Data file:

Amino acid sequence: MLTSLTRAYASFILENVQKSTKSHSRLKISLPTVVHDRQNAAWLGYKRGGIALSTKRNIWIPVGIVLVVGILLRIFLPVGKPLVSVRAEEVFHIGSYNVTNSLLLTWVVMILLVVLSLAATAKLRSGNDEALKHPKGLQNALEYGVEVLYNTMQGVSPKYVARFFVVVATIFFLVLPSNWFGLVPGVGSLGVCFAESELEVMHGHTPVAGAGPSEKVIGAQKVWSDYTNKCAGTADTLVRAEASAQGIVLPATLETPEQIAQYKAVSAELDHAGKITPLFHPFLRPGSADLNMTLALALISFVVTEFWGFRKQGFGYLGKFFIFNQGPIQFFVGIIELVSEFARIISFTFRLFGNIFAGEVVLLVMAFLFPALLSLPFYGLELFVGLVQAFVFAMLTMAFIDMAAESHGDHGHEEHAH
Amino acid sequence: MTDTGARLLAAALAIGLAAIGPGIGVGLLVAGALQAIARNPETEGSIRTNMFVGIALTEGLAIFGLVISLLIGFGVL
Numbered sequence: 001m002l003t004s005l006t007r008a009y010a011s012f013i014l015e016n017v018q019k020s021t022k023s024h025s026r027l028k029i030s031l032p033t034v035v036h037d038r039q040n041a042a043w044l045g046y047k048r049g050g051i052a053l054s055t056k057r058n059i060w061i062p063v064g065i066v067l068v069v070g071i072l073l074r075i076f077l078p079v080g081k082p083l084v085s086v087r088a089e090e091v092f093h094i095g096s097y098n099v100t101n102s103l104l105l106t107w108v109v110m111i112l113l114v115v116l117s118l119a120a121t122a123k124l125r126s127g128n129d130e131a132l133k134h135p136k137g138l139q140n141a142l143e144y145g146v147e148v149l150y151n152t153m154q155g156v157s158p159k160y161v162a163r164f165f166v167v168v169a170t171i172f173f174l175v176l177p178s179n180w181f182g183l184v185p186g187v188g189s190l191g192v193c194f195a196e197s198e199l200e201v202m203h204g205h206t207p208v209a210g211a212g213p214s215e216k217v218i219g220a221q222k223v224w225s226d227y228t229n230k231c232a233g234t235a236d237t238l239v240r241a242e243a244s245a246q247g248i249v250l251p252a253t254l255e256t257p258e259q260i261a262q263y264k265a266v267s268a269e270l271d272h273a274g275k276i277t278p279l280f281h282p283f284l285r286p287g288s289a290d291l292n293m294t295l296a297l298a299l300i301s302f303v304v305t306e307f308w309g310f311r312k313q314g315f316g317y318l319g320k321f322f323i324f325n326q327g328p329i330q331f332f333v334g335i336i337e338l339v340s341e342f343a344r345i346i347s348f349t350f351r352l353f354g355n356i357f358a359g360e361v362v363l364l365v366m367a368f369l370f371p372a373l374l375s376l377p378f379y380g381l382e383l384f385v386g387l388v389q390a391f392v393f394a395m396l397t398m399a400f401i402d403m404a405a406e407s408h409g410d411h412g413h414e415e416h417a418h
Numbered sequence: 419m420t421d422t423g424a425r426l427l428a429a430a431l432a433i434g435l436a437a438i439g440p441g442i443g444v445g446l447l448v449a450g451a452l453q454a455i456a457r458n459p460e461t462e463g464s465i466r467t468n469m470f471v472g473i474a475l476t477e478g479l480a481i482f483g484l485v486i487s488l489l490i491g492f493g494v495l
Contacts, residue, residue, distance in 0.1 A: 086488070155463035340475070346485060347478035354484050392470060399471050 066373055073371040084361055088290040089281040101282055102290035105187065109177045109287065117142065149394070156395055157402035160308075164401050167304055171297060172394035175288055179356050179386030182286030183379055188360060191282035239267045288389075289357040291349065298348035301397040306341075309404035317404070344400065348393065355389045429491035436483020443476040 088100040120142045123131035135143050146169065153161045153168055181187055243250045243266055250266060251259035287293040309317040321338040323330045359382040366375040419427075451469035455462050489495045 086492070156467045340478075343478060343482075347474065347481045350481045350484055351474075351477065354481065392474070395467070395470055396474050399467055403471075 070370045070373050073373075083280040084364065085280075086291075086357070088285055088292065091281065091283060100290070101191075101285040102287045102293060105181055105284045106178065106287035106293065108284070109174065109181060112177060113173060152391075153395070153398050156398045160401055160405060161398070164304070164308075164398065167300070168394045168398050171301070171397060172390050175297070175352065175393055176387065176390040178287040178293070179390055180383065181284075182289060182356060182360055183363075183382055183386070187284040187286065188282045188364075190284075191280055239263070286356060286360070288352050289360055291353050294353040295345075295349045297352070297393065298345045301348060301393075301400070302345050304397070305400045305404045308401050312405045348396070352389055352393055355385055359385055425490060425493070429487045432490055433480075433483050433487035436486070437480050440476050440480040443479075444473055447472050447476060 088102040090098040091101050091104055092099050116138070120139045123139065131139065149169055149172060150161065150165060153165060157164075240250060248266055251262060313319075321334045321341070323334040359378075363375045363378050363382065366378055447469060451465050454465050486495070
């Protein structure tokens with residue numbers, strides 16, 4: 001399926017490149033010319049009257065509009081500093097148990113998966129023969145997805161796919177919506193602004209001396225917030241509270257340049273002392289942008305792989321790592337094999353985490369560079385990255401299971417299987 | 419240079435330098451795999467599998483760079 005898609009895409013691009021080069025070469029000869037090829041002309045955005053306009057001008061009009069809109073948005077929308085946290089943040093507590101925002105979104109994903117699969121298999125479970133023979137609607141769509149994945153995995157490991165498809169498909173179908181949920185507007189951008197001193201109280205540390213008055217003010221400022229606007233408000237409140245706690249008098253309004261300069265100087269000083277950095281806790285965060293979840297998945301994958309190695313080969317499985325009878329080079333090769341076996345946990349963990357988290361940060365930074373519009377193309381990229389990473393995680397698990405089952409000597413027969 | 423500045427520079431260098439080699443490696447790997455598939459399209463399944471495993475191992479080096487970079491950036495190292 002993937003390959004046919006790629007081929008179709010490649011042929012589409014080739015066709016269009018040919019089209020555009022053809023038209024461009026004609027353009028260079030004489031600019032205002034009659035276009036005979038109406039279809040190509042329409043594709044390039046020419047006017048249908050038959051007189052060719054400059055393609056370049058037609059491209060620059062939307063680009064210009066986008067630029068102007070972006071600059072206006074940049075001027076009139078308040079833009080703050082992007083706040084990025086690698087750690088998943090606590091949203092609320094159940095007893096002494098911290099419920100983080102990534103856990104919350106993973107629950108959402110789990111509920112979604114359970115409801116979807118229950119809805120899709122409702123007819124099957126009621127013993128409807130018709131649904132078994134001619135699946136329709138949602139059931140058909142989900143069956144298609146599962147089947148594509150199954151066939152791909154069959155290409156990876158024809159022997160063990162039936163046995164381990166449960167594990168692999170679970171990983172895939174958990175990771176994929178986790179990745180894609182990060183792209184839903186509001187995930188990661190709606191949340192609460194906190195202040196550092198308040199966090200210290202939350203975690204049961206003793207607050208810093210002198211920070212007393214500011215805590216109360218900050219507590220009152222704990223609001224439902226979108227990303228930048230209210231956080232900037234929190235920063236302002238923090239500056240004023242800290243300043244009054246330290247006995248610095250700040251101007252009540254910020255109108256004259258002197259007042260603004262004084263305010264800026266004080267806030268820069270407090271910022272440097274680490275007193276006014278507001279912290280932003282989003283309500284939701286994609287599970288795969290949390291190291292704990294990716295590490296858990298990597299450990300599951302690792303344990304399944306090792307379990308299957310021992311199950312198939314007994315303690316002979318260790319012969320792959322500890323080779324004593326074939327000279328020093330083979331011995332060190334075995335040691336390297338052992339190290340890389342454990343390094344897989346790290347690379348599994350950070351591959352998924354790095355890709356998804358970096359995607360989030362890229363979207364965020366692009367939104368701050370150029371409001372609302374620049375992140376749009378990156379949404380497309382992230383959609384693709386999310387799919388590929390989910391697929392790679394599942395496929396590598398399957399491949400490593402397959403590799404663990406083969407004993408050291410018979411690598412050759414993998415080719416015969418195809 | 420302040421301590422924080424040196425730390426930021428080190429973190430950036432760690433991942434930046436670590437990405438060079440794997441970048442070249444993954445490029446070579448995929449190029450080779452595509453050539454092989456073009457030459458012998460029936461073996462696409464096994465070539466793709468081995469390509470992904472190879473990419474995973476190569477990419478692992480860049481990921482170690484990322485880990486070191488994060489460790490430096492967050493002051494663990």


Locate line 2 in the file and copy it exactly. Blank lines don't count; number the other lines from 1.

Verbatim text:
Amino acid sequence: MTDTGARLLAAALAIGLAAIGPGIGVGLLVAGALQAIARNPETEGSIRTNMFVGIALTEGLAIFGLVISLLIGFGVL